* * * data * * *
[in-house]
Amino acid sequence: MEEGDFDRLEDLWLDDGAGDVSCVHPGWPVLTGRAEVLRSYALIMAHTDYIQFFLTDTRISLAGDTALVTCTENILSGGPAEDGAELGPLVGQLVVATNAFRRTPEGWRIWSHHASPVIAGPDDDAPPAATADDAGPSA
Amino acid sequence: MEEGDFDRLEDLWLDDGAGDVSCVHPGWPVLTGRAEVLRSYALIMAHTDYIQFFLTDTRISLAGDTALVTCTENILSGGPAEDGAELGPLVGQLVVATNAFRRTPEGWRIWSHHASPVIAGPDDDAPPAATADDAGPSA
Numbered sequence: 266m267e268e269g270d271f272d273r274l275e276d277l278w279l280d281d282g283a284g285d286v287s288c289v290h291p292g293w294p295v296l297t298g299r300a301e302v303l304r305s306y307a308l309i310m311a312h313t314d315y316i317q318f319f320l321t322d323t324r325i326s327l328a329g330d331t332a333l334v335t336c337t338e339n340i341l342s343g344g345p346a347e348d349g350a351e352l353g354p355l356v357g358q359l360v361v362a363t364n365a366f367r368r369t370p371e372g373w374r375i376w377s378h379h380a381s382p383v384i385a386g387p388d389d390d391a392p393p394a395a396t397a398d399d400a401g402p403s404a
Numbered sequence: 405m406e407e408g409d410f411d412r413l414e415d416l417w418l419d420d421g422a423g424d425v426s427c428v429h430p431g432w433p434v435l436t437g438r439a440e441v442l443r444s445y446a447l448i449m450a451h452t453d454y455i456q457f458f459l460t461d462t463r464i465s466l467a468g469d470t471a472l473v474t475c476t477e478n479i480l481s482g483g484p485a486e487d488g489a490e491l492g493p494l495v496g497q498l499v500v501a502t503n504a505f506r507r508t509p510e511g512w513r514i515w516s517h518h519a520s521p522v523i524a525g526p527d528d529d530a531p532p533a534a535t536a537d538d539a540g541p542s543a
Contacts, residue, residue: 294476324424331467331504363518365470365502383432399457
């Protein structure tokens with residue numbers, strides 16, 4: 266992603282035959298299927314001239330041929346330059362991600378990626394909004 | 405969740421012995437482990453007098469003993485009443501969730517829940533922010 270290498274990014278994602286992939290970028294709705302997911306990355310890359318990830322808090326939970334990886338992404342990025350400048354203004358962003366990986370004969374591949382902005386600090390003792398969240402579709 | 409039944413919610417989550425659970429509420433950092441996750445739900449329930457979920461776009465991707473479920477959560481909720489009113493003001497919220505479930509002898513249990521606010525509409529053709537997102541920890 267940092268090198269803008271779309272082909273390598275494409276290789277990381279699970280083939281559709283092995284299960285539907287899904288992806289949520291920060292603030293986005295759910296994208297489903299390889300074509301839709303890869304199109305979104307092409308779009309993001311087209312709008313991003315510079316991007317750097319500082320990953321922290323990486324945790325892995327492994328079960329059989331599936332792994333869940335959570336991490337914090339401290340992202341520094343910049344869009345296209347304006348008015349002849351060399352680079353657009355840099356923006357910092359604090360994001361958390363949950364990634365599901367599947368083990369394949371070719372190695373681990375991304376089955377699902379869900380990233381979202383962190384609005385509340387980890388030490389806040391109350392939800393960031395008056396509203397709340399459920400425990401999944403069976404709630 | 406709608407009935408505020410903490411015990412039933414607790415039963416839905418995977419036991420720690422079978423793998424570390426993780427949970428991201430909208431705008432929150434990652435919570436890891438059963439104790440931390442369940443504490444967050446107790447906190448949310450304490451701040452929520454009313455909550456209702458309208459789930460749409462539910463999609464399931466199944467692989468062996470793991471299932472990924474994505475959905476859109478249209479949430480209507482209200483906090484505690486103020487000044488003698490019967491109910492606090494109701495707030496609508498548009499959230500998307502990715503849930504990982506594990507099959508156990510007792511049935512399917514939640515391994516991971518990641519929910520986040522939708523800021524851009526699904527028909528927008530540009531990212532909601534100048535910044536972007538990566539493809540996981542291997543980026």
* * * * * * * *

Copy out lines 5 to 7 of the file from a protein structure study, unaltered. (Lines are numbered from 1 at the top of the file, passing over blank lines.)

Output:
Numbered sequence: 405m406e407e408g409d410f411d412r413l414e415d416l417w418l419d420d421g422a423g424d425v426s427c428v429h430p431g432w433p434v435l436t437g438r439a440e441v442l443r444s445y446a447l448i449m450a451h452t453d454y455i456q457f458f459l460t461d462t463r464i465s466l467a468g469d470t471a472l473v474t475c476t477e478n479i480l481s482g483g484p485a486e487d488g489a490e491l492g493p494l495v496g497q498l499v500v501a502t503n504a505f506r507r508t509p510e511g512w513r514i515w516s517h518h519a520s521p522v523i524a525g526p527d528d529d530a531p532p533a534a535t536a537d538d539a540g541p542s543a
Contacts, residue, residue: 294476324424331467331504363518365470365502383432399457
């Protein structure tokens with residue numbers, strides 16, 4: 266992603282035959298299927314001239330041929346330059362991600378990626394909004 | 405969740421012995437482990453007098469003993485009443501969730517829940533922010 270290498274990014278994602286992939290970028294709705302997911306990355310890359318990830322808090326939970334990886338992404342990025350400048354203004358962003366990986370004969374591949382902005386600090390003792398969240402579709 | 409039944413919610417989550425659970429509420433950092441996750445739900449329930457979920461776009465991707473479920477959560481909720489009113493003001497919220505479930509002898513249990521606010525509409529053709537997102541920890 267940092268090198269803008271779309272082909273390598275494409276290789277990381279699970280083939281559709283092995284299960285539907287899904288992806289949520291920060292603030293986005295759910296994208297489903299390889300074509301839709303890869304199109305979104307092409308779009309993001311087209312709008313991003315510079316991007317750097319500082320990953321922290323990486324945790325892995327492994328079960329059989331599936332792994333869940335959570336991490337914090339401290340992202341520094343910049344869009345296209347304006348008015349002849351060399352680079353657009355840099356923006357910092359604090360994001361958390363949950364990634365599901367599947368083990369394949371070719372190695373681990375991304376089955377699902379869900380990233381979202383962190384609005385509340387980890388030490389806040391109350392939800393960031395008056396509203397709340399459920400425990401999944403069976404709630 | 406709608407009935408505020410903490411015990412039933414607790415039963416839905418995977419036991420720690422079978423793998424570390426993780427949970428991201430909208431705008432929150434990652435919570436890891438059963439104790440931390442369940443504490444967050446107790447906190448949310450304490451701040452929520454009313455909550456209702458309208459789930460749409462539910463999609464399931466199944467692989468062996470793991471299932472990924474994505475959905476859109478249209479949430480209507482209200483906090484505690486103020487000044488003698490019967491109910492606090494109701495707030496609508498548009499959230500998307502990715503849930504990982506594990507099959508156990510007792511049935512399917514939640515391994516991971518990641519929910520986040522939708523800021524851009526699904527028909528927008530540009531990212532909601534100048535910044536972007538990566539493809540996981542291997543980026």